Tag Info

Hot answers tagged

9

Regarding "key differences": When one battles, one has also encountered - no issue. When one engages, one has also met - no issue. When one is said to have been killed "by" a commander of troops, that does not mean one was necessarily killed directly by that commander. It can just as easily have been by the troops that were under his command. For example, ...


5

You do realise (I trust) that the verb bārakh “to bless” is not actually the same word as the noun bεrεkh “knee”, though they are written the same in unvocalised Hebrew script. But, historically they do seem to belong to the same root. In most Semitic languages the verb b-r-k means “to bow down to, praise, bless” (said of a man/woman praising/blessing a ...


4

I have searched various Lexicons but there seems no clear connection between kneeling and blessing other then a general religious sense of the kneeling posture. However if we look at this good summary of uses of the word below we could trace a plausible link. bless = bestow power for success, prosperity, fertility: animals Gn 1:22, men 1:28, 7th day ...


4

The text in Genesis 22:2 says, “אֶרֶץ הַמֹּרִיָּה” ’eretz hammoriyah (the land [of] Moriah); Chronicles II 3:1, “הַר הַמּוֹרִיָּה” har hammoriyah (Mount Moriah, lit. “the mountain Moriah”). The traditional assumption is that Mount Moriah is the particular “one of the mountains” in the Moriah district where the events in Genesis 22 took place, but this is ...


3

The verb in question (ba'ar) is "to set on fire", per the Analytical Key to the Old Testament. Furthermore, the Hebrew is clearly saying "into the fire" (the B in front of the clause is "In" such as "In the beginning") The interesting thing to me in researching this, however, is that the incense that is burned in the previous verse is burned using a ...


3

The Ben Hinom valley appears a number of times in the Tanakh, and is the site of worship for the Molech god. Opinions differ as to how exactly the god was served, but it involves either burning (to death) or singeing. See Gehenna on the location, and Moloch on the practice.


3

Rashi asks this question, and he argues that because they are obviously the same person, there must have been a name change: In the twenty-seventh year of Jeroboam: Is it possible to say so? Did not Uzziah and Jeroboam reign simultaneously, as I explained shortly before this (14:22)? What, then, is the meaning of the verse, “In the twenty seventh year of ...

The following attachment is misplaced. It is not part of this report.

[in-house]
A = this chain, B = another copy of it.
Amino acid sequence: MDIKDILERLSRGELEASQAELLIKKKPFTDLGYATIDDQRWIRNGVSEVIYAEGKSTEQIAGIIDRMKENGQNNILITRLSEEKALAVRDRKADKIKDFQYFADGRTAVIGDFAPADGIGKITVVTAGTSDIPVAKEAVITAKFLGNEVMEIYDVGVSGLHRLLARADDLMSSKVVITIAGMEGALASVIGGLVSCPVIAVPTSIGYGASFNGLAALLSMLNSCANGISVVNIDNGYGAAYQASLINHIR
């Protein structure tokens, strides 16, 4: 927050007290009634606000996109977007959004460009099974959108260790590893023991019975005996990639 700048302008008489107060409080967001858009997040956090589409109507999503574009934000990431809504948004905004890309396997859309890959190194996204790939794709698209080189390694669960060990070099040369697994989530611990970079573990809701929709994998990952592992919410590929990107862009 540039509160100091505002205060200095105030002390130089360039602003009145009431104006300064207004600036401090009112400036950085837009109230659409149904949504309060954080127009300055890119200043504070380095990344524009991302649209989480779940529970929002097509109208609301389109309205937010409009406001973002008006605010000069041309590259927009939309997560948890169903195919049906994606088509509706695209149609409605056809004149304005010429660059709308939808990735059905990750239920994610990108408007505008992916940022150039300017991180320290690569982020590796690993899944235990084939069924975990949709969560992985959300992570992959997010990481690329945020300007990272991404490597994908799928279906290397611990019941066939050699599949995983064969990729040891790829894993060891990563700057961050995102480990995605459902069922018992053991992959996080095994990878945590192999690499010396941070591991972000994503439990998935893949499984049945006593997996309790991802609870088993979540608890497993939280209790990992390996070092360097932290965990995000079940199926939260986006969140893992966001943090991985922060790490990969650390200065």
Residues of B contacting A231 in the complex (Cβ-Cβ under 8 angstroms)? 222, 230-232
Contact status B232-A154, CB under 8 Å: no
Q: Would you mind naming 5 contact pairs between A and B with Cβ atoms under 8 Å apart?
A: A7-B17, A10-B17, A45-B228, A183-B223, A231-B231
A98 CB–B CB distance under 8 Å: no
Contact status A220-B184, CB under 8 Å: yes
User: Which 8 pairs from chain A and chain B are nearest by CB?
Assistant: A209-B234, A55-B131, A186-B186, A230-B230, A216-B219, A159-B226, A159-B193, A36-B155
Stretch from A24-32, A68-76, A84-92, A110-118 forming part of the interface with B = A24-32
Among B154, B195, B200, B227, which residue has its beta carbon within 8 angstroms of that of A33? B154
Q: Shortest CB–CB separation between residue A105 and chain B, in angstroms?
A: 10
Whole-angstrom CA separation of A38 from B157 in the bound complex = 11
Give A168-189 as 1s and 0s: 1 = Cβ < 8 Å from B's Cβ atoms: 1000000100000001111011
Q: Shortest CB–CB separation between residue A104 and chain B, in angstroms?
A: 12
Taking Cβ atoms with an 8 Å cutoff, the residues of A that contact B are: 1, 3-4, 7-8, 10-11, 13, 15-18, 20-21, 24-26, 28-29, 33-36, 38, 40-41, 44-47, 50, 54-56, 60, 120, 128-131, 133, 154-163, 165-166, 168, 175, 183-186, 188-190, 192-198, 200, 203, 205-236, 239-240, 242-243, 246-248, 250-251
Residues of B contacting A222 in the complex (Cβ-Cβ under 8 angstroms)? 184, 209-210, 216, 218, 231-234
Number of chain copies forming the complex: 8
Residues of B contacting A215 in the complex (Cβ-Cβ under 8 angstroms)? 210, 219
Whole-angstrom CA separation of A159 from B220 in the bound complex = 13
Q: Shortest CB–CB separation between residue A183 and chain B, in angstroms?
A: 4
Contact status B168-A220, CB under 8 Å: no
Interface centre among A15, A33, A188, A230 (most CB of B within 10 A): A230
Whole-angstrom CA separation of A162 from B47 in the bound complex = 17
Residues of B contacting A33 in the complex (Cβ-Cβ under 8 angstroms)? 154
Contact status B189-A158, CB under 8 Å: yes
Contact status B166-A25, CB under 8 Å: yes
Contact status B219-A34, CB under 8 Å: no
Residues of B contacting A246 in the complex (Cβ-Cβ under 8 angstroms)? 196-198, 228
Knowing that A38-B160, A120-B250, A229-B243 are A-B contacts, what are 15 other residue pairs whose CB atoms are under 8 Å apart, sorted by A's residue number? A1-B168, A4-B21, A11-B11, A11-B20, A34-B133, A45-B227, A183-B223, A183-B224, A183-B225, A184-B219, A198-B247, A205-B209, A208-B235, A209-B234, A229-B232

2

According to strong’s definition, Yakin יָכִין means He will establish. While Boaz who was an ancestor of David means quickness בֹּ֫עַז . However as the meaning of Boaz is uncertain in Hebrew it would be better to follow the Septuagint where according to Barne’s Notes on the Bible in the margin reference is translated Boaz Ἰσχύς as ‘Strength.’ “The ...


2

The evidence, and the consensus of critical scholars, is that the Deuteronomic History (Joshua, Judges, 1 Samuel, 2 Samuel, 1 Kings and 2 Kings), written before the Babylonian Exile, was the main source for the Book of Chronicles (now 1 Chronicles and 2 Chronicles), but that the author of Chronicles probably had other material available as well. Chronicles ...


1

There is a connection! The common root of the noun for knee (berek) and the verb to bless (baruch) is ברן. We see the root in action when Eliezer comes to look for a wife for Isaac (Gen. 24:11), and comes to the well where he causes his camels to kneel down to drink after he sees Rebecca. The word used there is, "Vi'yavrach" (a derivative of "baruch") ...


1

There is no way possible that the 36th year was during the reign of Asa, since Baasha only reigned 24 yrs (1 Ki 15:33), and that reign had only begun when Asa was already sitting as king in Judah for about 4-5 years. In other words, "in the 36th year" refers to the time when the person was king since the kingdom divided, which is the preference of the ...



Only top voted, non community-wiki answers of a minimum length are eligible